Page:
We’re all familiar with the challenges facing the NHS: the tightening budgets, the ageing population, the rising tide of chronic disease and how we organise services to provide a coordinated and seamless experience for complex patients. What is perhaps comforting is that we are not alone.
At a recent conference, the Canadian Health Services Research Foundation (CHSRF) brought together 150 chief executives of various health providers from across the country to discuss these exact issues. They were kind enough to invite me too, and now that I have recovered from the jetlag, I’m able to reflect on what a fascinating experience it was.
The challenges are the same in Canada but the context is different. For a start, Canada has a federal system of government so health systems and policy are determined at provincial level.
Secondly, health provision in Canada must meet the needs both of large urban populations (with all their associated challenges) and of dispersed rural populations. And when I say ‘dispersed’ and ‘rural’, I’m not talking Herefordshire – I’m talking 40,000 people, speaking eleven official languages, scattered across an area around the size of France and Spain combined.
It’s easy to dismiss other systems as ‘too different’ to learn from. I disagree. The fact that the Canadians are grappling with the same challenges, albeit with some greater contextual extremes, offers us a significant opportunity to learn.
I’m not saying they have it cracked – far from it – but necessity has required them to come up with some interesting innovations.
In the very remote areas, any sort of acute episode involves a plane ride to hospital. That works out pretty expensive, so there is pressure to keep people well and provide proactive care.
The shortage of doctors means that, in remote areas, nurse practitioners must run clinics and provide the majority of primary care. As a result, nurse practitioners have expanded their skills and stretched the scope of their role, only referring to a GP when absolutely necessary.
The use of teleconferences with doctors has also become part of everyday business in many areas where virtual diagnosis and treatment can be offered.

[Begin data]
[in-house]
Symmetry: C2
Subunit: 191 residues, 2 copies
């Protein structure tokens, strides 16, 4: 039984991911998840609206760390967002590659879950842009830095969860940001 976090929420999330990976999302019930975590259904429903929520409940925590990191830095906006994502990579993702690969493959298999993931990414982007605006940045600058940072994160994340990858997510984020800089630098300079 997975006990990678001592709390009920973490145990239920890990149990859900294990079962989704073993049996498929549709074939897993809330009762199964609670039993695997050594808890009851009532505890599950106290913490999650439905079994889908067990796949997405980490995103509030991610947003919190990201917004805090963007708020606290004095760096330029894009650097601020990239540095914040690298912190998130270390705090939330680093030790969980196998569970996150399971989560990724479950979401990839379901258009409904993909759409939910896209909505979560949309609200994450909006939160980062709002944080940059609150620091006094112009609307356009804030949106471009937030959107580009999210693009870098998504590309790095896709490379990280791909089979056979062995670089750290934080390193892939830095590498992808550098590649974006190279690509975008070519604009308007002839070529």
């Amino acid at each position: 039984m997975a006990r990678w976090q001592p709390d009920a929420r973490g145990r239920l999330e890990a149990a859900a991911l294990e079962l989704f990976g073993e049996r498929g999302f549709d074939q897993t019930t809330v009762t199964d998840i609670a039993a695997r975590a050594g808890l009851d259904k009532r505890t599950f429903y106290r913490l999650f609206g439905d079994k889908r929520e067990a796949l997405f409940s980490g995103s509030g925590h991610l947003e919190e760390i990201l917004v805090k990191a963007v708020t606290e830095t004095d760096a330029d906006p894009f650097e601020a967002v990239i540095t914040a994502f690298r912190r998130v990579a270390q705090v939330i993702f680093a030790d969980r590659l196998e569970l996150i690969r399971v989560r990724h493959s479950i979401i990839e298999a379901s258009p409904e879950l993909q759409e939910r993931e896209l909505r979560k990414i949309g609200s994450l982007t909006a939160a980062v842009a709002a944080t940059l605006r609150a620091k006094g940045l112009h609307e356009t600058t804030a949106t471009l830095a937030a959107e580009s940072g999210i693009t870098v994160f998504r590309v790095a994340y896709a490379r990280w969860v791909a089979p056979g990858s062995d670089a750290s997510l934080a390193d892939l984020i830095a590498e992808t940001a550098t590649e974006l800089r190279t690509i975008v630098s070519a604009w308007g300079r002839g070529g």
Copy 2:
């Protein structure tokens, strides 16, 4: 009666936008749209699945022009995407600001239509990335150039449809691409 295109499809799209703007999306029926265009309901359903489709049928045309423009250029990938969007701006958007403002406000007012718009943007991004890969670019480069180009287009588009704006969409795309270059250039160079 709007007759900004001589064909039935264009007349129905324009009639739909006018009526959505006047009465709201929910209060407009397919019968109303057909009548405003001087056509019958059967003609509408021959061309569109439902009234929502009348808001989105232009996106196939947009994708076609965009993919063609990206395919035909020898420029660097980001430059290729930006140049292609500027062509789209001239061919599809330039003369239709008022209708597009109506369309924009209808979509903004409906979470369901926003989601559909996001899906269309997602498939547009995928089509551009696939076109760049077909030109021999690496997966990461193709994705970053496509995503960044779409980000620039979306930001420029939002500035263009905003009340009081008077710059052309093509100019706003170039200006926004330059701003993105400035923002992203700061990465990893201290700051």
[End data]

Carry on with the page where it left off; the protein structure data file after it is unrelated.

Of course, these approaches are not unfamiliar to us in the NHS but the Canadian experience of their implementation, and emerging evaluation, is definitely one to watch.
From discussions at the chief executives’ forum, what made the biggest impression on me was that the Canadians think we have it relatively easy in the NHS.
In Canada, decision-making in health is almost completely devolved to the provinces, which are largely free to pick and choose strategies developed by the federal government. This has led to a patchwork of different systems with different levels of access to primary care. Even within provinces, there is huge variation in access to primary care.
Many of the Canadians I spoke to think that in our ‘single system’, it should be easy to implement integrated care.
Of course, that underestimates the challenges of coordinating care across primary, secondary and social care sectors but it is a helpful reminder that, in recognising the value of localism, we must be aware of the challenges of maintaining equitable access across a devolved system.
The trip brought home to me that in this period of significant change in the NHS, it is more important than ever that we recognise the value of learning from other countries – their triumphs and mistakes offer us insight into our own system, its shortcomings and advantages.
And it’s not just a one-way street – I saw many examples of NHS innovations being implemented in the Canadian context, from a virtual ward to a version of the Productive Ward. They are also testing out ‘family health groups’ which are multi-disciplinary teams based around GP practices.
I for one will be keeping a keen eye on their development.
Curry N (2012) ‘Integration across continents: what can the NHS learn from Canada?’. Nuffield Trust comment, 13 March 2012. https://www.nuffieldtrust.org.uk/news-item/integration-across-continents-what-can-the-nhs-learn-from-canada